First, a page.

News - A parting glimpse of Land
A Creative Loafing veteran says goodbye
It's Monday morning and I'm running my deadline to the edge. As usual.
For nearly 12 years, I've begun virtually every week with a hectic jump-start, feverishly rushing through the cram-and-write routine of the weekly reporter in between the scattered brushfires that accompany the position of CL editor.
Don't let taut faces and outbursts of profanity fool you: News folks thrive on this stuff.
Deadline adrenaline — admittedly a sickly cousin to the heart-pounding, ear-ringing variety enjoyed by, say, base-jumpers or Gary Condit — nonetheless has its attractions. For one thing, your butt is generally in one piece when it's over (editor teeth-marks notwithstanding).
But it was that other kind of adrenaline that originally brought me through CL's door as a full-fledged member of the exuberant, disorderly Loafer family.
On a frosty, sleeting December day, atop a massive Ponce De Leon Avenue home, a crew of workmen was placing the last few sheets of plywood decking on the roof of a new addition.
One of the crewmen lost his footing on the icy slope and went sliding toward the edge, feverishly swinging the claw end of his framing hammer in an effort to arrest his descent.
Finally, the iron bit into the wood; feet dangling three stories over the concrete driveway below, the worker looked up into the laughing face of a colleague.
"Haw, haw," he jibed. "You oughta see your face. You're white as a sheet."
At that moment, the lucky nail-driver made up his mind. That evening, he tossed his nail-apron into a corner and picked up the phone.
"I just about got my ass killed today," he said into the receiver. "I need a job. Now."
So it was then that I returned to full-time journalism. Earlier stints with the Atlanta Journal-Constitution and the Marietta Daily Journal had convinced me that mainstream reporting wasn't particularly well-suited for a fellow whose predilections and erratic hours frequently rendered things like coming to work and being able to converse intelligently — or even coherently — before, say, 10 a.m., a near impossibility.
But a few years of nail-driving had readied me to abandon the wood-butchering trade to return to full-time word-mangling. I signed on as CL's copy editor, and became acquainted with its brilliant, compulsive, endearing, frustrating publisher, Debby Eason, and the cohort of delightful, often-dysfunctional characters who somehow cranked a paper out of her clanking, rattling Rube Goldberg publishing contraption every week.
For me, it's been a marvelous trip.
As I worked my way through various positions up to senior editor (even serving as managing editor between the comings and goings of the five MEs I've worked with), I've managed to thoroughly enjoy myself, and cover a breadth of subjects no mainstream reporter could dream of.
Perhaps the most pure fun was the seven years I authored "Slippin' Round," a blues and traditional music column. It was during those days that I had my most memorable interview: an entire one-on-one evening of conversation with blues giant Willie Dixon in his hotel room just months before he died.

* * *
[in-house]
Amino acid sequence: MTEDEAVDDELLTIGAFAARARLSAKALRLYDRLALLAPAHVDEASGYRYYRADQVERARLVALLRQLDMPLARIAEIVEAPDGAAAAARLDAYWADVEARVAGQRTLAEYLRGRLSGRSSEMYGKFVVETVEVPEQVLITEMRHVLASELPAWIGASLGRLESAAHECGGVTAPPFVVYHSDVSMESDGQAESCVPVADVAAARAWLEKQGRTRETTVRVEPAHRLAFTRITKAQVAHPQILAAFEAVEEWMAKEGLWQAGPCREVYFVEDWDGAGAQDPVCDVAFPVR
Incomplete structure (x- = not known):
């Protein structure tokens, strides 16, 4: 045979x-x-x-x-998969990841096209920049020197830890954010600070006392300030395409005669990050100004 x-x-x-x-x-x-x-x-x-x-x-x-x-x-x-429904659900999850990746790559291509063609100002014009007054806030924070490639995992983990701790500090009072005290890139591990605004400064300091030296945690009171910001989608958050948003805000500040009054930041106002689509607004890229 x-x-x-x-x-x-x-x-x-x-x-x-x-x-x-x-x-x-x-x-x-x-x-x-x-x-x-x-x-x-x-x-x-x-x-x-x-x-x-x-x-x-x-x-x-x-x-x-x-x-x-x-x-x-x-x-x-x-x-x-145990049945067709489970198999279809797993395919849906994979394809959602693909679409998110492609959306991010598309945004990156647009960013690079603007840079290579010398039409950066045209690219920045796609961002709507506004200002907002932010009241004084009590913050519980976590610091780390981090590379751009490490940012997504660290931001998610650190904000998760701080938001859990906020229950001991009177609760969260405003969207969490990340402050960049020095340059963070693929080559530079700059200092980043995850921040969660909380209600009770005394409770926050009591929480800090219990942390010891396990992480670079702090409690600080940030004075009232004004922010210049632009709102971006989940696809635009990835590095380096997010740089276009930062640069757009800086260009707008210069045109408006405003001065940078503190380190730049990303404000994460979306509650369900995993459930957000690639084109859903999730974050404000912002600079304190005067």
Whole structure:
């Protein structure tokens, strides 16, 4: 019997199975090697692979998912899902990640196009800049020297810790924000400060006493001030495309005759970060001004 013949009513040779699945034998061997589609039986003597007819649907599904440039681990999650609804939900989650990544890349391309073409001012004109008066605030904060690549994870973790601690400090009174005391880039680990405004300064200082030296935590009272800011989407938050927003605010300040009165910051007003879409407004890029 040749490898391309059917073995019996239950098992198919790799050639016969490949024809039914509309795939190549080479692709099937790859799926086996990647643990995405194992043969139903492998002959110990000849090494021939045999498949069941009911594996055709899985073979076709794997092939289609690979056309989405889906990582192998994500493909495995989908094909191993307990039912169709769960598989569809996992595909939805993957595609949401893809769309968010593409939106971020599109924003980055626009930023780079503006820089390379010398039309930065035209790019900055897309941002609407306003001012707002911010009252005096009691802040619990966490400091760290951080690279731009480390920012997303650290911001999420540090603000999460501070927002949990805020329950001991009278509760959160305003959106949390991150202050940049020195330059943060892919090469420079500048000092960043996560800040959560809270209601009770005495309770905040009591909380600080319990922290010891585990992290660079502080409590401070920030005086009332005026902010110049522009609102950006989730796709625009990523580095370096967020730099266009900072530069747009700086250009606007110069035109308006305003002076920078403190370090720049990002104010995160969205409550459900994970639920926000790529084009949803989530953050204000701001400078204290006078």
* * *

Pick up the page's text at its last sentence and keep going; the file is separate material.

But the years are full of memories. Particularly pleasant (for me) throughout a decade as CL's main political writer has been the annual "Golden Sleaze Awards" issue, a full-fledged orgy of political satire, overblown rhetoric and Gatling-gun character assassination to pillory the self-important and self-serving in the Georgia Legislature. This is an exercise I'll miss dearly; somehow, I don't think many of the Gold Dome crowd will share my grief.
These and other recollections — the incessant scramble to cover the Olympics and the greed-fest that surrounded it; the late-night dash to flood-ravaged South Georgia for a last-minute cover story; the horrendous affair of the Giant Seersucker Rat of Houston, a tale too sordid for public consumption even today — are the reminiscences I'll remember with a smile. Or a flinch.
But it's time to move along. Twelve years is too long for a writer to stay anywhere, particularly in the field of alternative journalism. By its very nature, this medium should stay fresh, and new blood is essential.
CL has served as training ground, playground and haven for me. I'll never forget the people here, and how they stood behind me even when a spate of health problems kicked my pins out from under me.
But things change. CL isn't the paper it once was. Debby Eason's son, Ben, is now the president and CEO of the chain and, aided by an infusion of cash from the AJC, has pumped new resources into the editorial department. At the same time, that seat-of-the-pants, Mom-and-Pop feeling has largely disappeared, replaced by a more professional, corporate atmosphere.
But these changes are far less involved in my own decision to leave the Loaf staff than simple itchy feet: I was pretty much offered a chance to write my own job description here — it was the "here" part that hung me up.
So it's off to other pastures for me. I'll be doing some writing for a national news publication, peddling stories to other mags and newspapers, and beginning one of the books I've been threatening for so long. I may even show up in these pages occasionally.
It's been fun, Atlanta. See ya in the funny papers.??